Technically Speaking…

The Sarbanes-Oxley Act safeguards against abusing financial information from within or without a company. The problem is that some people will abuse information entrusted to them for personal profit despite the damage it causes their victims. The number of companies that failed to uphold their duty before SOX was ratified was a monument to the errors a company can commit when left unchecked. 

Nowadays, most companies adhere to SOX regulations to avoid losing their business, but there will always be outliers who believe they deserve their customers’ data. Even worse, some people will bypass security measures in the company’s network to steal the data despite having no affiliation. This is why SOX has updated its requirements to account for cybersecurity requirements. Unfortunately, training an in-house cybersecurity team is expensive and time-consuming.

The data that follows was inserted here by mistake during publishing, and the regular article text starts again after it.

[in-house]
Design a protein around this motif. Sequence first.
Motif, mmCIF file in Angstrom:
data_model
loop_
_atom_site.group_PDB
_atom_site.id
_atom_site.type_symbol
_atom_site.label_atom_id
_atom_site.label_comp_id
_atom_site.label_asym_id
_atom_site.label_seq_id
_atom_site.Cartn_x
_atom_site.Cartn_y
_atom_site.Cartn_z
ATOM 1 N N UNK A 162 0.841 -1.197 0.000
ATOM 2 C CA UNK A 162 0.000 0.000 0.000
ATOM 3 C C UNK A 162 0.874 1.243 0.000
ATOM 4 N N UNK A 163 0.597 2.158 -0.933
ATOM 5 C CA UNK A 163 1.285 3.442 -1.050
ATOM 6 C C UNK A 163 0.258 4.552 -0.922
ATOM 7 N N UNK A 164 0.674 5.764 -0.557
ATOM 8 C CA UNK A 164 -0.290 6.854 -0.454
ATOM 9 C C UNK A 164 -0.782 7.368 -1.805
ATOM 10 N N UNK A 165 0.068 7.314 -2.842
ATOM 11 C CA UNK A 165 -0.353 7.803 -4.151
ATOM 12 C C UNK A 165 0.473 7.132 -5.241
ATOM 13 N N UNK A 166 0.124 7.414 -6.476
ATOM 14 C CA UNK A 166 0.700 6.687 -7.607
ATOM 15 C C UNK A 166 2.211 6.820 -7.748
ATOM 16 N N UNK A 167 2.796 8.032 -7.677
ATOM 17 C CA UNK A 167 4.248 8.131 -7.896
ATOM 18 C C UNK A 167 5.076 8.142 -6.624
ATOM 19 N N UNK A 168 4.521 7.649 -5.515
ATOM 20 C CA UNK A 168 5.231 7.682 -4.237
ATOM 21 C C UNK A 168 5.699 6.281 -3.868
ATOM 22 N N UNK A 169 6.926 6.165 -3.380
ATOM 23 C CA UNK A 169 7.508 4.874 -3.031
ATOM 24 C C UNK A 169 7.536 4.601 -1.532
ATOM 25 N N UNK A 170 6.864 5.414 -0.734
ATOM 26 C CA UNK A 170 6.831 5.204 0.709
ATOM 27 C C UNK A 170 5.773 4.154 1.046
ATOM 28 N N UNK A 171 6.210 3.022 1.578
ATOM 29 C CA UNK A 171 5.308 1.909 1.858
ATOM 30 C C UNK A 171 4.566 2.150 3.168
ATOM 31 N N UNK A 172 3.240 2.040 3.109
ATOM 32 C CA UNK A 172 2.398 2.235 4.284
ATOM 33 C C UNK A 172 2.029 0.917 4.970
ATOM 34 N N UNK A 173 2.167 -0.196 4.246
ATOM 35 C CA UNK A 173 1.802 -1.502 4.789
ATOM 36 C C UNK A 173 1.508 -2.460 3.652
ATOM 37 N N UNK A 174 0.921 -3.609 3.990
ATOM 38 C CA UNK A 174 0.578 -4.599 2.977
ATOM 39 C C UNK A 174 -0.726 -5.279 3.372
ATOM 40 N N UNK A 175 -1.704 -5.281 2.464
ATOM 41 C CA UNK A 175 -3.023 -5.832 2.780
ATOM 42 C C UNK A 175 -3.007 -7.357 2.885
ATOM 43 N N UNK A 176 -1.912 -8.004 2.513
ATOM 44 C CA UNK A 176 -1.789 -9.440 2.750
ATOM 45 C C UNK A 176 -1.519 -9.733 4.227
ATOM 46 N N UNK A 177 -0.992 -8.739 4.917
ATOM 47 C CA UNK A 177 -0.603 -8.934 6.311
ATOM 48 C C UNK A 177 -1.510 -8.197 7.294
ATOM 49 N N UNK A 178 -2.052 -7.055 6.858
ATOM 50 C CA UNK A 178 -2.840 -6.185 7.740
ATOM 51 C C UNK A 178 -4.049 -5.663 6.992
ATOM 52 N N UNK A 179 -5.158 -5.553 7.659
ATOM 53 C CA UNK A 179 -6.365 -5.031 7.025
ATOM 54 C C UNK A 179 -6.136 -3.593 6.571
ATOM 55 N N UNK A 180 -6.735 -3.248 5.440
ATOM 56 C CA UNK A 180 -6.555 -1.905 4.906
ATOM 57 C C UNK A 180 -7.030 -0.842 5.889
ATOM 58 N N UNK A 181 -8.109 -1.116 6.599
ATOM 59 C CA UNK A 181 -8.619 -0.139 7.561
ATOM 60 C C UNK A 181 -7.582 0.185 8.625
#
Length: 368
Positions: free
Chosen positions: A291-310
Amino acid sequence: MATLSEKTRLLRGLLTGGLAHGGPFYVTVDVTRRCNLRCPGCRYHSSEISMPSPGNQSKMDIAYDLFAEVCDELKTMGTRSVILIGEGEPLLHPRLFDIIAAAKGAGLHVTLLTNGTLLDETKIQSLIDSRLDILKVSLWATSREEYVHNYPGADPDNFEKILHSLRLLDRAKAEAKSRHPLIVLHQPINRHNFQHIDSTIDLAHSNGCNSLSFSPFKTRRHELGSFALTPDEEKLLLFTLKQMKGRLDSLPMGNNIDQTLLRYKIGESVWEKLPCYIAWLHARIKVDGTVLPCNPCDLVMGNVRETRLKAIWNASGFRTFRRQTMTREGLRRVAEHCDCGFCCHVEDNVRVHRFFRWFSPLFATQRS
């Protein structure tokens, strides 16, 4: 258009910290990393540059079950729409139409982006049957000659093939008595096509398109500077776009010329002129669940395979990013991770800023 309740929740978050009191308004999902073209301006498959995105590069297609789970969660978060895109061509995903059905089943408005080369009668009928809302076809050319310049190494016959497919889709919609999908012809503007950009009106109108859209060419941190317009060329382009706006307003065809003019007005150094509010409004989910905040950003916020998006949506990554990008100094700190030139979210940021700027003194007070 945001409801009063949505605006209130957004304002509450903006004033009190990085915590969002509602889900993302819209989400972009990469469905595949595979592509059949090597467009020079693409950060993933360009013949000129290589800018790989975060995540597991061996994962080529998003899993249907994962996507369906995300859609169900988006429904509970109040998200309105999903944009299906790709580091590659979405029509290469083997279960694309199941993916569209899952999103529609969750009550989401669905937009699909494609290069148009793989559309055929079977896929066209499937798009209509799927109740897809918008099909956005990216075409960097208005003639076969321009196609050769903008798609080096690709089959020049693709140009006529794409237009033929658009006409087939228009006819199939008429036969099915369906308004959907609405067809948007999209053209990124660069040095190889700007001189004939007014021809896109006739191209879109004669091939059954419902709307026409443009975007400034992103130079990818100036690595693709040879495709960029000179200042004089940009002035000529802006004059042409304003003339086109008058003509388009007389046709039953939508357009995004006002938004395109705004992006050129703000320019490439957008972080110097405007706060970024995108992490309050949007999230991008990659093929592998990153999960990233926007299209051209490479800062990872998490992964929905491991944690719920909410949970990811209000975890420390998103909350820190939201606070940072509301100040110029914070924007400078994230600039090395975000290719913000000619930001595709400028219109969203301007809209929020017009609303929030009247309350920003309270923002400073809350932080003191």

Cybersecurity Professional Meeting SOX Requirements

That is why we at U.S. Cybersecurity have made it our mission to help companies build their cybersecurity defenses with an external team. We can perform penetration tests, draft breach response plans, and ensure your company’s financial data is stored per SOX requirements. These days, maintaining quality cybersecurity practices is as valuable as the information your company is responsible for safeguarding. We encourage you to visit our website and see which services appeal to you. We are standing by and ready to assist you.

Herman McCargo

Herman is a Microsoft Certified Security Engineer and Cybersecurity Specialist. He’s been in the technology field for over 20 years and has expertise working with the most critical technology infrastructures. He has a deep understanding of cyber risks, threat mitigation and prevention, and overseeing infrastructure.